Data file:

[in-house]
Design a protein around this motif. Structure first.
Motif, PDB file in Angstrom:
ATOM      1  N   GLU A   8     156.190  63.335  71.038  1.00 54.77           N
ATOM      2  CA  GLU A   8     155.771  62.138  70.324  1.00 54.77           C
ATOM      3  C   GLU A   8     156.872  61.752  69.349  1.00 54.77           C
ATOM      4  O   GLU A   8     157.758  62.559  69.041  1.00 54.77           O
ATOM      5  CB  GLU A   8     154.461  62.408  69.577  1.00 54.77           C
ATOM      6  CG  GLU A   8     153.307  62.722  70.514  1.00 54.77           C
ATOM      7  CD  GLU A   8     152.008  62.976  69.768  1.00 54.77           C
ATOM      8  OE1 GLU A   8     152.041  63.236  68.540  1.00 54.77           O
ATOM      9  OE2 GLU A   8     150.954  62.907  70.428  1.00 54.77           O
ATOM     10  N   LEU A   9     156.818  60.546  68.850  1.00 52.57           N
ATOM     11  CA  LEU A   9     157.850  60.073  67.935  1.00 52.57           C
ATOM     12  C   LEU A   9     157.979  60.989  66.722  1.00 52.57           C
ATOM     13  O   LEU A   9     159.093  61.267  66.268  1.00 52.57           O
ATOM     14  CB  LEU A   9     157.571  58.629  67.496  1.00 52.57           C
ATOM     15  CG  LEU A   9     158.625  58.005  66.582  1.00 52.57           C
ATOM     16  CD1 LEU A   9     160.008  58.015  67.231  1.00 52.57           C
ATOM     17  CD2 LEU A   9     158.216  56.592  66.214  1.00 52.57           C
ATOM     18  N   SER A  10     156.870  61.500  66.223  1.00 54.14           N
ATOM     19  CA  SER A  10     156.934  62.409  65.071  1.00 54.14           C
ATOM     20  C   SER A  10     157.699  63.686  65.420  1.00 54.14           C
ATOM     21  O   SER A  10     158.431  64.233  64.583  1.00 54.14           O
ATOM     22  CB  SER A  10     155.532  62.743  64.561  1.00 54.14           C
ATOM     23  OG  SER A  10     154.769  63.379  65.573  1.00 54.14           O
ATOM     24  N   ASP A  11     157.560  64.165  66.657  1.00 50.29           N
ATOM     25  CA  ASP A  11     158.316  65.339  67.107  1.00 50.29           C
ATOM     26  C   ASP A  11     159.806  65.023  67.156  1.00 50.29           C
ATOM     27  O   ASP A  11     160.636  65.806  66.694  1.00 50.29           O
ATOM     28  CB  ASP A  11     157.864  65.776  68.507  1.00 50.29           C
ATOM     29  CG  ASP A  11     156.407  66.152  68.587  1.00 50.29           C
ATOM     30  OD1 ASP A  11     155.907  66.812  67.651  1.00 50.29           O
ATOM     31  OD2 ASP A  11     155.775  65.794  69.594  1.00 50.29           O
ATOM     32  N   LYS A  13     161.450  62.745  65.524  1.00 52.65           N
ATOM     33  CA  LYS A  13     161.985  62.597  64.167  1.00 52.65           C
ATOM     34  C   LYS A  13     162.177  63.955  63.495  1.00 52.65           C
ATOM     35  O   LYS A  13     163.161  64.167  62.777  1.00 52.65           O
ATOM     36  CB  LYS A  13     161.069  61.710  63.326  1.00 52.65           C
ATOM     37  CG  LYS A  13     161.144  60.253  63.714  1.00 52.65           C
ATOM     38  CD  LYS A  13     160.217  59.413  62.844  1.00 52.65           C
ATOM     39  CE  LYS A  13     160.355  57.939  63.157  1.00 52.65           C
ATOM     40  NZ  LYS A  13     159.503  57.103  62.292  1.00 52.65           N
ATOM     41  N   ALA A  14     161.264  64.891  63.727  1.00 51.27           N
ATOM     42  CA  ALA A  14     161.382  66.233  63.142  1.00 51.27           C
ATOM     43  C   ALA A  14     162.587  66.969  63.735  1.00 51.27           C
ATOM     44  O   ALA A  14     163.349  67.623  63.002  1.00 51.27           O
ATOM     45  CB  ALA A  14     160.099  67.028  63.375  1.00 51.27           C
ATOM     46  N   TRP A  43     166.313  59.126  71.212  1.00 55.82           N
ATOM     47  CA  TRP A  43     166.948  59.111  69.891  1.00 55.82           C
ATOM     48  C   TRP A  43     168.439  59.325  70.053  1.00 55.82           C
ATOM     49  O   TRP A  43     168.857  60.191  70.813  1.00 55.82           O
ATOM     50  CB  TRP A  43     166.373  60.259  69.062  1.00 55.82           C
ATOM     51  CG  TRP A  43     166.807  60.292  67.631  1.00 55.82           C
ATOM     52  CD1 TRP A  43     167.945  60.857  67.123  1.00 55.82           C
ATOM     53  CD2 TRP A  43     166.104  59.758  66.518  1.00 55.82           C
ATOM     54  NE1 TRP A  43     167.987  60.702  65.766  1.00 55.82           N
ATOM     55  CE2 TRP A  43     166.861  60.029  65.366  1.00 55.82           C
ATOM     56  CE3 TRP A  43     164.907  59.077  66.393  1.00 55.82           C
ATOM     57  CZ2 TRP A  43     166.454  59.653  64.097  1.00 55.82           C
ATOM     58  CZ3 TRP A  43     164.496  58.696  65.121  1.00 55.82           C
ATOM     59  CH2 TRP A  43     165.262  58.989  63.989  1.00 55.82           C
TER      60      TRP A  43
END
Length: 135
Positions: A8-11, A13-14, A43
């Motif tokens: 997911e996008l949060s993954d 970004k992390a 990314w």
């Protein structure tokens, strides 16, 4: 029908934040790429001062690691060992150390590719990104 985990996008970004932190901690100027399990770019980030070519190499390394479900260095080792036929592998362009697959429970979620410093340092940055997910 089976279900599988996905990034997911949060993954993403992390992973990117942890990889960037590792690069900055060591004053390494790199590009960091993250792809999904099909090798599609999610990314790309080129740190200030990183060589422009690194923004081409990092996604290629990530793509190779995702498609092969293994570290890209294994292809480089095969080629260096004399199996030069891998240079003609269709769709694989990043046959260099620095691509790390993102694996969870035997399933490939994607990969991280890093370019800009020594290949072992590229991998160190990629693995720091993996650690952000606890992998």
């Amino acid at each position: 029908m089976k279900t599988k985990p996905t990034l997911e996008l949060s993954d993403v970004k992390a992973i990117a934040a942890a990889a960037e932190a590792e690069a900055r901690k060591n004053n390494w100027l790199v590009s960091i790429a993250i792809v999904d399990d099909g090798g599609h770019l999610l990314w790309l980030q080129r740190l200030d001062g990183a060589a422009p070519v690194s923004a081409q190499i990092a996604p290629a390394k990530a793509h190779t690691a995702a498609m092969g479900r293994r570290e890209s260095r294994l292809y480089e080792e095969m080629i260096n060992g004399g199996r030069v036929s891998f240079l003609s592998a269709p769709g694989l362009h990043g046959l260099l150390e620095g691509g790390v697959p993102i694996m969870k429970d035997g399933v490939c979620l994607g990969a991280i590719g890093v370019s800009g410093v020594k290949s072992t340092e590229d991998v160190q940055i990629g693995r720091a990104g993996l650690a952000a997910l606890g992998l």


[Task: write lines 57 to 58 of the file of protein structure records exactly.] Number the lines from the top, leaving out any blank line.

ATOM     54  NE1 TRP A  43     167.987  60.702  65.766  1.00 55.82           N
ATOM     55  CE2 TRP A  43     166.861  60.029  65.366  1.00 55.82           C